Using feedback from its network of chambers located across the UK, the BCC told MPs that any transport plan must include: efficient road and rail access to key international gateways to enable international trade; increased reliability, capacity and connectivity in passenger rail services, and greater investment in local bus and public transport services.
The BCC also noted that businesses typically believe Westminster transport policy has been ‘very patchy and unclear.’ It therefore suggests that, while central government should lead on major national infrastructure planning and delivery, regional infrastructure, funding and decision making should be devolved in order to develop a plan capable of delivering ‘real benefits to every region.’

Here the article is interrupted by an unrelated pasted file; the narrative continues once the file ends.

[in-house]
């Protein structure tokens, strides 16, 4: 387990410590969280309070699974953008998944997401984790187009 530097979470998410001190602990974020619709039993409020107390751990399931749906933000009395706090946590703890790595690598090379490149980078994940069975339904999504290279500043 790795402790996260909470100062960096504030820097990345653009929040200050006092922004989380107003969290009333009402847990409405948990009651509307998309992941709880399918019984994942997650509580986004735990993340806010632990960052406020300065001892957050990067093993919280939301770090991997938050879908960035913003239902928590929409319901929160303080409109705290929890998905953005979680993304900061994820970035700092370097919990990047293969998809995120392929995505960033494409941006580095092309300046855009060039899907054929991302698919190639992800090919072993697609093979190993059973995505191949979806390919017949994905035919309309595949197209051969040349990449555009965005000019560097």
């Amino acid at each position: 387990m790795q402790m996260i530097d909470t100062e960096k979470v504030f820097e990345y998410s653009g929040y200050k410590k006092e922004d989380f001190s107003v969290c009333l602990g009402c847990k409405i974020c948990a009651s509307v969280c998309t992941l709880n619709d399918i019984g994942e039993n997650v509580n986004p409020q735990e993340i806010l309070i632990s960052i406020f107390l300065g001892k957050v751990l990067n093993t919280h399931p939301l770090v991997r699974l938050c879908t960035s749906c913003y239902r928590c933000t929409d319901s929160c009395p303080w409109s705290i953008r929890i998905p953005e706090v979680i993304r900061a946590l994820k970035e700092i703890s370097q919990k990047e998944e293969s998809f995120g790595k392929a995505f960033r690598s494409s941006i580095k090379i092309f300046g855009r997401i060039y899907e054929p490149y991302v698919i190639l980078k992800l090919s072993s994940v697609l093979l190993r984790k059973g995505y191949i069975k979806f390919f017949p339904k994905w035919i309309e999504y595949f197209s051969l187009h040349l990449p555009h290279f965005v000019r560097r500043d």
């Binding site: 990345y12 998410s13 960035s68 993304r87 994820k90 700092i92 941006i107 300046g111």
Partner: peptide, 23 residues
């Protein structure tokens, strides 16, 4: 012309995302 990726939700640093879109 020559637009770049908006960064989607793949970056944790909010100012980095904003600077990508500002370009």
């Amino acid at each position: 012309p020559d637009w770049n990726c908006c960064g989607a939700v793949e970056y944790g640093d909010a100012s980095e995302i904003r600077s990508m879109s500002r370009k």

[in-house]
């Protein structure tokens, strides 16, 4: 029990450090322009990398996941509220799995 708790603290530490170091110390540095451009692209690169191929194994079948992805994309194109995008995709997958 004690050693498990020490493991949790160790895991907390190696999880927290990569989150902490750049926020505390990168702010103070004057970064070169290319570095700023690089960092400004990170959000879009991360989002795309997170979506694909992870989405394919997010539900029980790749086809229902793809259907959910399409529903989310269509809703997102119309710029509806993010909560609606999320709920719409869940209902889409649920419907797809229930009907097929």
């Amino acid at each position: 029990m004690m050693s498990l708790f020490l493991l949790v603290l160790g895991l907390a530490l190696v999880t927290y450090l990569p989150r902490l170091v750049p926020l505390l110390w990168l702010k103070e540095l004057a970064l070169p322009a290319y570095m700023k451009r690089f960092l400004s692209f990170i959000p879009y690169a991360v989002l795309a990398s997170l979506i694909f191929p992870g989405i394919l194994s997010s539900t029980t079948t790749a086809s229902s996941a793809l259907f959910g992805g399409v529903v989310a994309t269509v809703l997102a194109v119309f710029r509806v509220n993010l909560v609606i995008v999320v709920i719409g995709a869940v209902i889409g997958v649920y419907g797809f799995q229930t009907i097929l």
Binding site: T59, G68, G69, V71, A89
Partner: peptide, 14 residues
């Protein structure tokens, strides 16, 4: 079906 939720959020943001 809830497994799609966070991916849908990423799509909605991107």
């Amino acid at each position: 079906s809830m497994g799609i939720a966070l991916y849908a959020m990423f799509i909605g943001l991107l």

Officials at the National Cyber Security Centre (NCSC) have warned UK firms about the potential risks associated with integrating artificial intelligence-driven chatbots into their businesses.
In a pair of blog posts released at the end of last month, the NCSC stressed that cyber experts do not yet fully understand the ‘capabilities, weaknesses, and (crucially) vulnerabilities’ of algorithms that create human-sounding interactions, which have been dubbed large language models (LLMs). These AI-powered tools are seeing early use as chatbots incorporated within customer service roles and for making sales calls.
Academics and researchers, however, have repeatedly found ways to subvert these chatbots by feeding them rogue commands. This means they could potentially be tricked into performing harmful tasks, which may lead to a rise in cases of fraud and data breaches.